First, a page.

While on most nights, punk-rockers swirl like tornadoes in the audience, moved by electric guitars and raging vocals; on jazz night, candlelit tables are set through the space, giving the venue a subdued vibe. The night draws an eclectic Miami audience to an intimate, theater-like experience. Also on Monday night, on Churchill’s outdoor stage, the Theater de Underground finds its home in a canopy under the moon-lit sky. Benjamin Shahoulian, host for the past five years, said, “it’s a psychedelic avant-garde open mike mayhem.” The uninhibited, bohemian platform attracts a variety of artists, musicians, singers, songwriters, poets and dream-makers. In an atmosphere where anything goes, many artists collaborate spontaneously. A singer may hit the stage randomly for the first time with a guitarist. And, some bands like local favorite Arboles Libres, now known as Eagle Chief, were born in the unbridled atmosphere like gold from colliding stars.
Besides keeping with traditions, one of the secrets to the British pub’s longevity is the family atmosphere. “It’s like a punk-rock Cheers,” said one patron. Many of the same employees have worked the bar, the doors, and the back for years. Some have become well-known figures in the local music scene. Nicky Bowe, a bartender with an Irish-accent and tattoo sleeves, celebrated his wedding at the pub. Likewise, regular patrons, a few with personal ties to the pub, have built a community around it.
On any given day, if you sit at the bar, a local regular will likely strike-up a conversation with you. On a Thursday afternoon during the festival’s month, an older gentleman named Bob from the nearby Little Haiti neighborhood opened up as he smoked a cigar and had a drink at the bar. In an elegant accent, he said, “I’ve been coming here for nineteen years. If I don’t come in, I’m either sick or out of town.”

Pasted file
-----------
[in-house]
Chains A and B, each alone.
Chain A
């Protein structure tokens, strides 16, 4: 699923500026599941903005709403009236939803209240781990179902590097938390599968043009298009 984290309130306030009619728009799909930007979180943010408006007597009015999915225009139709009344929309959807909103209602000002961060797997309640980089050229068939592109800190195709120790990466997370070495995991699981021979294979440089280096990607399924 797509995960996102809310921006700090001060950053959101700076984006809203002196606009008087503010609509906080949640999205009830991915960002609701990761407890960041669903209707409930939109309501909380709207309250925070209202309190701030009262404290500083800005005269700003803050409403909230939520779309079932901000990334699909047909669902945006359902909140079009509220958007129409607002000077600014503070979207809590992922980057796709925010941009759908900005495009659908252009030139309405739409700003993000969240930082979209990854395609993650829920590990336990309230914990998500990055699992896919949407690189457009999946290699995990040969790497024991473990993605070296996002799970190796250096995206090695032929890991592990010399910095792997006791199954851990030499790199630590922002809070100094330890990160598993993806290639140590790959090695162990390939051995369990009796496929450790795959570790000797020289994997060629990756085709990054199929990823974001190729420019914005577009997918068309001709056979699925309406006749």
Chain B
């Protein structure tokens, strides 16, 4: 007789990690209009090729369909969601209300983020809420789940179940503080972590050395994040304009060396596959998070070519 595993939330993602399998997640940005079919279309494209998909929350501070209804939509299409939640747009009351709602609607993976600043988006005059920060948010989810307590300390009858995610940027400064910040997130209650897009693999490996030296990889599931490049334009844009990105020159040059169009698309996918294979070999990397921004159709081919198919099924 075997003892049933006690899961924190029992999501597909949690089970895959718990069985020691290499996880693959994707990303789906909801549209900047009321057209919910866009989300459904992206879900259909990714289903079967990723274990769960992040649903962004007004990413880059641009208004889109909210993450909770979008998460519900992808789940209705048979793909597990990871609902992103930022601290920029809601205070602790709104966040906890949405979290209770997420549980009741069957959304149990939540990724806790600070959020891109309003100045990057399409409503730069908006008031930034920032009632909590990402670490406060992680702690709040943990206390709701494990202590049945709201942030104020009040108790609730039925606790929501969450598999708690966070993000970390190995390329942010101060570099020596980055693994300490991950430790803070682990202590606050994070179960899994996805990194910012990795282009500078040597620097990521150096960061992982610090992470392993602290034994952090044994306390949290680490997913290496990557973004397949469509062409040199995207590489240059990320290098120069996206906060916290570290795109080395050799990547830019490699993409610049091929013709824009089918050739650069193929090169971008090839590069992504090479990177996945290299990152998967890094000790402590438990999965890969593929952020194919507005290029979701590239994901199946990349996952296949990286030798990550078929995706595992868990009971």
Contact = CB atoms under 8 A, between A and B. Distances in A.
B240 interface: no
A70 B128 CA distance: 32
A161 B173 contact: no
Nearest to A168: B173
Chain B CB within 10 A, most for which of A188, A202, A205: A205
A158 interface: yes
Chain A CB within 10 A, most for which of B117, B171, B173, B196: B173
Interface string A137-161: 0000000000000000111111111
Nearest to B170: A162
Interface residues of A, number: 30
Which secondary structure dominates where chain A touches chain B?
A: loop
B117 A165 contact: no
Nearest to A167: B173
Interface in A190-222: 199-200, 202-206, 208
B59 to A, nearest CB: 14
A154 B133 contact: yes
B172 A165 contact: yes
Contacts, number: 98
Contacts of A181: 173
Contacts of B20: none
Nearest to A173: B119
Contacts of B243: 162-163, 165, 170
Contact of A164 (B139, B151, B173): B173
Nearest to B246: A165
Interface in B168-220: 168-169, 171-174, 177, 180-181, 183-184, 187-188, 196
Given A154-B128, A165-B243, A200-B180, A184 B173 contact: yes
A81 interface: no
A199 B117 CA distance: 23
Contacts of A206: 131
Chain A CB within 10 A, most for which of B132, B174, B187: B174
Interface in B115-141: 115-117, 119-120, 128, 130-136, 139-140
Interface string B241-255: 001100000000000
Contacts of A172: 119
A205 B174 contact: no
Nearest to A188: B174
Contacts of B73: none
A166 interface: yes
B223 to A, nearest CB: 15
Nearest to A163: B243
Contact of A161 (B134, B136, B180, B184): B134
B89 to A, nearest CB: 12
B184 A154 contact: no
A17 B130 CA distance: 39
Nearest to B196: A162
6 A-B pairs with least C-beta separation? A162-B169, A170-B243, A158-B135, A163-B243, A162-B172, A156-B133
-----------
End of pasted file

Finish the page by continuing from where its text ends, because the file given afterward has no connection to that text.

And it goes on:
But, some regular patrons were oblivious about the Miami Rock Festival. A former jazz night belly dancer named Frida who goes to the bar in the late afternoons for a drink said, “There is a festival?” She continued, “Back in the days, there were up to five stages, there were people in the streets, men in diapers, and the bus was decorated like a genie bottle. People would go inside.”
Now, an old white double-decker with “Churchill’s Pub” written in large black letters along the graffitied side and a direction sign in the front that says “Miami Beach” sits abandoned along the bar’s parking lot on N.E. 2nd Ave. Owner David Daniels claims the bus to nowhere is an insured, recreational vehicle whose engine sort of works. Part of the landmark, the old junker decorates the building like a piece of trash art.
In 2013, there were no men in diapers on the street. But, on the third Sunday night of the festival, Mere Quantum Noise, an art-rock band boasting decades of consciousness expansion through music, blended ridiculous, comedic hijinks with rock-n’-roll. One bandmate took off his pants, fell on his back on the stage floor, and pulled his legs up, revealing his large white bum to a small audience at the end of a set. A partygoer recorded the spectacle on his phone and laughed while playing it back. “This band rocks! You don’t see this anywhere else in Miami,” he proclaimed. Likewise, Churchill’s Pub may be something you don’t see anywhere else in the world.
For more information on what’s happening this month at Churchill’s Pub or to get involved with these events in the future visit http://www.churchillspub.com.
Look Who’s Rockin’
Home, Refuge, and Inspiration: Shangri-La On The Magic City